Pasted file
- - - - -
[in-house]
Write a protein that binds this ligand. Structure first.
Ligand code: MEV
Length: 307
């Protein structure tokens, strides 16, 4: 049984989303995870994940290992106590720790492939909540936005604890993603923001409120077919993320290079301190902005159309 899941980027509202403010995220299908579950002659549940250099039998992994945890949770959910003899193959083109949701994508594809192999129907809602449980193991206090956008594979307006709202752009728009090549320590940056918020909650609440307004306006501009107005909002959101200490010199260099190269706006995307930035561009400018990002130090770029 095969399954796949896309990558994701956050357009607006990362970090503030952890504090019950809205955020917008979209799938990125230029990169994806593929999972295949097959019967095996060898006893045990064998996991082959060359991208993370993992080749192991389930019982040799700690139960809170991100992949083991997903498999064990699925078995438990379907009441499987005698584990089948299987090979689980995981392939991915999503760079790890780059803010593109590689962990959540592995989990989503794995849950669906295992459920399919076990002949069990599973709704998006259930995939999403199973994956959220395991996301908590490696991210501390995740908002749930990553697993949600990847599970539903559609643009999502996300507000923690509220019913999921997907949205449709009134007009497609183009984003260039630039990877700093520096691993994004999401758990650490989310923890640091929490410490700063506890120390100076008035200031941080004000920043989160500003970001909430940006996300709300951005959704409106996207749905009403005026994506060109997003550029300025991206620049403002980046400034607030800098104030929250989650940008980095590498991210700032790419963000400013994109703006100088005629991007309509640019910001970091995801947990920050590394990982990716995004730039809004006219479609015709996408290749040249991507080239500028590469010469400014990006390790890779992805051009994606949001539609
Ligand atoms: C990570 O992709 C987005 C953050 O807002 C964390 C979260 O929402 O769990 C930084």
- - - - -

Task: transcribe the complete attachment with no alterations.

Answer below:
[in-house]
Write a protein that binds this ligand. Structure first.
Ligand code: MEV
Length: 307
């Protein structure tokens, strides 16, 4: 049984989303995870994940290992106590720790492939909540936005604890993603923001409120077919993320290079301190902005159309 899941980027509202403010995220299908579950002659549940250099039998992994945890949770959910003899193959083109949701994508594809192999129907809602449980193991206090956008594979307006709202752009728009090549320590940056918020909650609440307004306006501009107005909002959101200490010199260099190269706006995307930035561009400018990002130090770029 095969399954796949896309990558994701956050357009607006990362970090503030952890504090019950809205955020917008979209799938990125230029990169994806593929999972295949097959019967095996060898006893045990064998996991082959060359991208993370993992080749192991389930019982040799700690139960809170991100992949083991997903498999064990699925078995438990379907009441499987005698584990089948299987090979689980995981392939991915999503760079790890780059803010593109590689962990959540592995989990989503794995849950669906295992459920399919076990002949069990599973709704998006259930995939999403199973994956959220395991996301908590490696991210501390995740908002749930990553697993949600990847599970539903559609643009999502996300507000923690509220019913999921997907949205449709009134007009497609183009984003260039630039990877700093520096691993994004999401758990650490989310923890640091929490410490700063506890120390100076008035200031941080004000920043989160500003970001909430940006996300709300951005959704409106996207749905009403005026994506060109997003550029300025991206620049403002980046400034607030800098104030929250989650940008980095590498991210700032790419963000400013994109703006100088005629991007309509640019910001970091995801947990920050590394990982990716995004730039809004006219479609015709996408290749040249991507080239500028590469010469400014990006390790890779992805051009994606949001539609
Ligand atoms: C990570 O992709 C987005 C953050 O807002 C964390 C979260 O929402 O769990 C930084």